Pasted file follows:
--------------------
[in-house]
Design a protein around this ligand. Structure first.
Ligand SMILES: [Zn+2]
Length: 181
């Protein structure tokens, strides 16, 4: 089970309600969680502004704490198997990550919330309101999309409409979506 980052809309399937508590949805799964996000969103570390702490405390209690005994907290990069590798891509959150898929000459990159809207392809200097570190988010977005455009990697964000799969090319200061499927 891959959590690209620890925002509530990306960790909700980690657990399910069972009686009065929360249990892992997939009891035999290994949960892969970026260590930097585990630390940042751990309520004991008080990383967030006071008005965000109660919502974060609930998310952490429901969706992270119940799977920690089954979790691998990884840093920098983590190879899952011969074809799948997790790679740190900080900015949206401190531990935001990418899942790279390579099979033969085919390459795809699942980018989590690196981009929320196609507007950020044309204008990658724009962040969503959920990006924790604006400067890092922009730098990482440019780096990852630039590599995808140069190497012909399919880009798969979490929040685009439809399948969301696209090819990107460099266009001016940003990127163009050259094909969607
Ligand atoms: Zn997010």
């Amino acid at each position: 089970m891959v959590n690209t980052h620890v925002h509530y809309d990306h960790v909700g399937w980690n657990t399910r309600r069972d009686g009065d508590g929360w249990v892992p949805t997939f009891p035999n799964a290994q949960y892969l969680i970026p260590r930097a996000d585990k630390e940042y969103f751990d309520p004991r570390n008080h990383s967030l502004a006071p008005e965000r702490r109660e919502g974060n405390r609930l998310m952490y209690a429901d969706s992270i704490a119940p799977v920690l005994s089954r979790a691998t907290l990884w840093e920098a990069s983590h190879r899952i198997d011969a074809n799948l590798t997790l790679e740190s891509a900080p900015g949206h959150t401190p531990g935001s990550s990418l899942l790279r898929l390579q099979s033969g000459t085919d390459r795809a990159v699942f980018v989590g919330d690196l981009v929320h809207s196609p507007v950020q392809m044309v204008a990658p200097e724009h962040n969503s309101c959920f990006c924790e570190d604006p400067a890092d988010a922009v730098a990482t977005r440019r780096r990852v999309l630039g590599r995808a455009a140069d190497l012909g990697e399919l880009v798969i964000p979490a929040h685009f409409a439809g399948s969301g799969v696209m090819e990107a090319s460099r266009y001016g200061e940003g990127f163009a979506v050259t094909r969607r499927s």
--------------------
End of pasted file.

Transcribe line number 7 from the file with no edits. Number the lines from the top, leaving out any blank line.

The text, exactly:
């Amino acid at each position: 089970m891959v959590n690209t980052h620890v925002h509530y809309d990306h960790v909700g399937w980690n657990t399910r309600r069972d009686g009065d508590g929360w249990v892992p949805t997939f009891p035999n799964a290994q949960y892969l969680i970026p260590r930097a996000d585990k630390e940042y969103f751990d309520p004991r570390n008080h990383s967030l502004a006071p008005e965000r702490r109660e919502g974060n405390r609930l998310m952490y209690a429901d969706s992270i704490a119940p799977v920690l005994s089954r979790a691998t907290l990884w840093e920098a990069s983590h190879r899952i198997d011969a074809n799948l590798t997790l790679e740190s891509a900080p900015g949206h959150t401190p531990g935001s990550s990418l899942l790279r898929l390579q099979s033969g000459t085919d390459r795809a990159v699942f980018v989590g919330d690196l981009v929320h809207s196609p507007v950020q392809m044309v204008a990658p200097e724009h962040n969503s309101c959920f990006c924790e570190d604006p400067a890092d988010a922009v730098a990482t977005r440019r780096r990852v999309l630039g590599r995808a455009a140069d190497l012909g990697e399919l880009v798969i964000p979490a929040h685009f409409a439809g399948s969301g799969v696209m090819e990107a090319s460099r266009y001016g200061e940003g990127f163009a979506v050259t094909r969607r499927s």